“I mean they don’t impose it strictly but they give you a nudge.”
“Did you guys hear that Indonesia’s looking to ban couples from booking a hotel together unless they’re married?!”
“Yeah, heard about it! But they won’t do it in Bali,” added our knowledgeable Australian.
“They’re also Muslim but they won’t do it in tourist areas because they rely on tourism so much,” our friend from Dubai added. “That’s the same in Dubai. They close an eye but you’re not allowed to do all those things when you go further out in the rest of the country.”
We all feel a bit more enlightened by having our dumb questions answered.
“Okay,” I go. “Come on guys, I know there must be lots of stereotypes about Romania. Go on and ask since we’re doing AMA now!” I said bracing myself.
Silence. So our French friend goes:
“Is Romania… sad? I mean with the grey buildings, communism — is it a sad place?”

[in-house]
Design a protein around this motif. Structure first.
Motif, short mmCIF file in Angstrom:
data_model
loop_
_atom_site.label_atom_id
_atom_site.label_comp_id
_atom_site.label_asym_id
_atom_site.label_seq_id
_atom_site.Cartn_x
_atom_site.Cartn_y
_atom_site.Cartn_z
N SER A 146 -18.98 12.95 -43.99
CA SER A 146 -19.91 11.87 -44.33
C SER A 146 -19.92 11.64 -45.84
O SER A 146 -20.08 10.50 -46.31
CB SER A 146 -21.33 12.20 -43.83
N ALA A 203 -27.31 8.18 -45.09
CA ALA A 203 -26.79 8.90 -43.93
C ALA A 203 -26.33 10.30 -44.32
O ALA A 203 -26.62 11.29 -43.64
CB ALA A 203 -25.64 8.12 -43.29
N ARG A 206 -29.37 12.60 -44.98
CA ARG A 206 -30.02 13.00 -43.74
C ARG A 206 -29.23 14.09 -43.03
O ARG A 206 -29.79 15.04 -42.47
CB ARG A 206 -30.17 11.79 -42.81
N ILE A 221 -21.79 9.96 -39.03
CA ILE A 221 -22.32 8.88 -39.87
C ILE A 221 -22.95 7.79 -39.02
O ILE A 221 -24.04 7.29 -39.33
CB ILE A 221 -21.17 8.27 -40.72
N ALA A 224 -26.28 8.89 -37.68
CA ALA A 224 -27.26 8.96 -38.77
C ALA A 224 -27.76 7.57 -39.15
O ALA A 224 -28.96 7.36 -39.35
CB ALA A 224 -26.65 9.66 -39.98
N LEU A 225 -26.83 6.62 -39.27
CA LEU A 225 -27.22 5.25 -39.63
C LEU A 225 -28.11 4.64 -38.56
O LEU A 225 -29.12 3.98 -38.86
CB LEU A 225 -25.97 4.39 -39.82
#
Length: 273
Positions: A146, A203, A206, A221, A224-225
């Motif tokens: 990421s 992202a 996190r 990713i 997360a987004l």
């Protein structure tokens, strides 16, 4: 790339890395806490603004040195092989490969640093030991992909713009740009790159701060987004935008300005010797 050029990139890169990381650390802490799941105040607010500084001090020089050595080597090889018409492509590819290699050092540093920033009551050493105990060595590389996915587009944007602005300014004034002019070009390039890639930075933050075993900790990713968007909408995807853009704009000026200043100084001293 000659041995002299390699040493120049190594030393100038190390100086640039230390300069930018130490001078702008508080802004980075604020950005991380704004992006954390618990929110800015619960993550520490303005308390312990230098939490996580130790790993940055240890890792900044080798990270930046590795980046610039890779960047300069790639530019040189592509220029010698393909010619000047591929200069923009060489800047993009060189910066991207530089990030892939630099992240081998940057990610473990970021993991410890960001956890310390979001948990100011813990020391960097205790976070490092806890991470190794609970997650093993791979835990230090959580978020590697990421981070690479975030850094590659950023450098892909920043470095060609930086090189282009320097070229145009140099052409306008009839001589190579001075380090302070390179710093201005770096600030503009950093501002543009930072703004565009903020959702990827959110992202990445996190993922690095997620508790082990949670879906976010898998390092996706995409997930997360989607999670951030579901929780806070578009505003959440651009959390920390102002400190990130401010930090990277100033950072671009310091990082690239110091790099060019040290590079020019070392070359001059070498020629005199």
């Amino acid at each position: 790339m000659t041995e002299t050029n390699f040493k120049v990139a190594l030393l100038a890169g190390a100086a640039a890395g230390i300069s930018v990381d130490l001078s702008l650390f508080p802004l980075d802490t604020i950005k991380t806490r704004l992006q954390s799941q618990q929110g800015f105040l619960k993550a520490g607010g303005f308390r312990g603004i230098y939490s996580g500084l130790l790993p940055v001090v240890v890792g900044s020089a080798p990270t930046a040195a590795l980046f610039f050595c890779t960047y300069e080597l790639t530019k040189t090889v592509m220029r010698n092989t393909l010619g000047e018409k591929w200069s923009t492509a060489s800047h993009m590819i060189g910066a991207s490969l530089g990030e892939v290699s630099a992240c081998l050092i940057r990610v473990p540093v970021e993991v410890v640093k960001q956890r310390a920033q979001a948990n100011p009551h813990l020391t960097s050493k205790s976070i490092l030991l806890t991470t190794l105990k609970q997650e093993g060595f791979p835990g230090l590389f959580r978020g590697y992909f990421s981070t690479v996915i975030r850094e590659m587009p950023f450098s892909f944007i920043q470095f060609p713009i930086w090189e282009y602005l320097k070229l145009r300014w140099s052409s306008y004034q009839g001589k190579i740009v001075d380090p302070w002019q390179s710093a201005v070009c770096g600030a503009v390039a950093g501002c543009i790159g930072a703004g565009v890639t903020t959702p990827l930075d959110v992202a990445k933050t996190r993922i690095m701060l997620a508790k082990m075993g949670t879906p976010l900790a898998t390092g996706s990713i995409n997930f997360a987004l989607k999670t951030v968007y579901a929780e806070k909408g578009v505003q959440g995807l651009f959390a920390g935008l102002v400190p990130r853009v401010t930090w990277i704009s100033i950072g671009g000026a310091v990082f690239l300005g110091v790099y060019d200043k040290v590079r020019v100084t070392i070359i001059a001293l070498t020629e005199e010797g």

I pondered her question for a few moments. Couldn’t deny it, it feels less glamorous than Italy or the UAE, for sure. Less open-minded than many places I’ve been to. More pessimistic than many nations I’ve spoken to. Even though Italy was rallying to condemn domestic violence against women as we were speaking there.
“It feels a bit sadder, yes. The buildings are indeed all grey, a vestige of communism. And some people are grey as well, I think. From the grey life they lived.
I think our country, like most post-socialist countries, lost its hope a little. Communism kept us stuck in the past, isolated from the rest of the world, and I think we’re still a bit confused about what we’re meant to do with this freedom, perhaps also lagging because of it. Things are improving though,” I added. “And at a drastic speed, they are. But the people who live there don’t see it. In my city, the buildings aren’t all grey anymore but some are colorful and lively; it’s a beautiful place — and it’s developed a great deal. It’s been ristrutturato and it looks and feels joyful and energic again. It’s not a tourist city like Bologna yet, but it’s up and coming. You have to understand though,” I continued “that coffee is 4–5 euros there, and the salaries average at 500 euros. So its people are sad because life’s not that enjoyable when you can’t afford even the basic joys of life. I don’t know what I’d be doing if I had to live on a Romanian salary,” I concluded. “I probably wouldn’t be the bubbly self that I am.”